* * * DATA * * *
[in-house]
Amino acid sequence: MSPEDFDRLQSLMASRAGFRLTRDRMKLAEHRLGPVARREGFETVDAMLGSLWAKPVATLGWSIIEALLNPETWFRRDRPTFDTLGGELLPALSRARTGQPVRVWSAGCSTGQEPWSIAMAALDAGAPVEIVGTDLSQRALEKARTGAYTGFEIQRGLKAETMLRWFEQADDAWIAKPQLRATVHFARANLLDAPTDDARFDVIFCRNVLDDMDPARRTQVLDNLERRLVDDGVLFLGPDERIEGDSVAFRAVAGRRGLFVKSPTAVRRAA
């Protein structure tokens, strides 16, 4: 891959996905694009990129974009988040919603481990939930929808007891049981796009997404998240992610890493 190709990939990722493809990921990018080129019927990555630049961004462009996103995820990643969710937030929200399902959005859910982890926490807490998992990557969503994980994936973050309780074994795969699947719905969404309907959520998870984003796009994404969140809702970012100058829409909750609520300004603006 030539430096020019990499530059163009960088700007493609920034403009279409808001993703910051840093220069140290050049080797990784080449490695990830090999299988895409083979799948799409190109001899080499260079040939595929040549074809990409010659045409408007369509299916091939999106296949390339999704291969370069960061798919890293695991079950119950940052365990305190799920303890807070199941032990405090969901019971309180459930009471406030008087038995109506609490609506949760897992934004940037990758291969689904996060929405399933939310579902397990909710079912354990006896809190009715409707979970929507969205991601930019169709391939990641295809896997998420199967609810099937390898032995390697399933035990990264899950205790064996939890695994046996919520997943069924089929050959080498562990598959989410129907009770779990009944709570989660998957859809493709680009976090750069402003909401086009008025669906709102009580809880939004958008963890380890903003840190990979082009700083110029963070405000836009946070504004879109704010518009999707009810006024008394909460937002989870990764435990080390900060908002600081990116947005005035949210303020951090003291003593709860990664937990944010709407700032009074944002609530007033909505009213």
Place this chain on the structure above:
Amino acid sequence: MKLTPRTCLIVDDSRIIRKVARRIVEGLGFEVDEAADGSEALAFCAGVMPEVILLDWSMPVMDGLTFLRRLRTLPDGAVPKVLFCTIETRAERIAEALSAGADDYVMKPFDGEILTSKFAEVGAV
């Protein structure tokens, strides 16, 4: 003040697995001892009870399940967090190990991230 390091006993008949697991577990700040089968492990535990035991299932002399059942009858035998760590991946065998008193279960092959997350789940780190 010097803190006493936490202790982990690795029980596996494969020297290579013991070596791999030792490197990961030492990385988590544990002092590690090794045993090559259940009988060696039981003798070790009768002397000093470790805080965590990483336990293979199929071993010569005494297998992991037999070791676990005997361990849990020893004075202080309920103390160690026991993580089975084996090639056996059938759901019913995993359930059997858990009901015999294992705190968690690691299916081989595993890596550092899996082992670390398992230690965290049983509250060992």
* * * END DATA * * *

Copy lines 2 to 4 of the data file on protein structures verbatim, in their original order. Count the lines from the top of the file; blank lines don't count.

Amino acid sequence: MSPEDFDRLQSLMASRAGFRLTRDRMKLAEHRLGPVARREGFETVDAMLGSLWAKPVATLGWSIIEALLNPETWFRRDRPTFDTLGGELLPALSRARTGQPVRVWSAGCSTGQEPWSIAMAALDAGAPVEIVGTDLSQRALEKARTGAYTGFEIQRGLKAETMLRWFEQADDAWIAKPQLRATVHFARANLLDAPTDDARFDVIFCRNVLDDMDPARRTQVLDNLERRLVDDGVLFLGPDERIEGDSVAFRAVAGRRGLFVKSPTAVRRAA
């Protein structure tokens, strides 16, 4: 891959996905694009990129974009988040919603481990939930929808007891049981796009997404998240992610890493 190709990939990722493809990921990018080129019927990555630049961004462009996103995820990643969710937030929200399902959005859910982890926490807490998992990557969503994980994936973050309780074994795969699947719905969404309907959520998870984003796009994404969140809702970012100058829409909750609520300004603006 030539430096020019990499530059163009960088700007493609920034403009279409808001993703910051840093220069140290050049080797990784080449490695990830090999299988895409083979799948799409190109001899080499260079040939595929040549074809990409010659045409408007369509299916091939999106296949390339999704291969370069960061798919890293695991079950119950940052365990305190799920303890807070199941032990405090969901019971309180459930009471406030008087038995109506609490609506949760897992934004940037990758291969689904996060929405399933939310579902397990909710079912354990006896809190009715409707979970929507969205991601930019169709391939990641295809896997998420199967609810099937390898032995390697399933035990990264899950205790064996939890695994046996919520997943069924089929050959080498562990598959989410129907009770779990009944709570989660998957859809493709680009976090750069402003909401086009008025669906709102009580809880939004958008963890380890903003840190990979082009700083110029963070405000836009946070504004879109704010518009999707009810006024008394909460937002989870990764435990080390900060908002600081990116947005005035949210303020951090003291003593709860990664937990944010709407700032009074944002609530007033909505009213």
Place this chain on the structure above: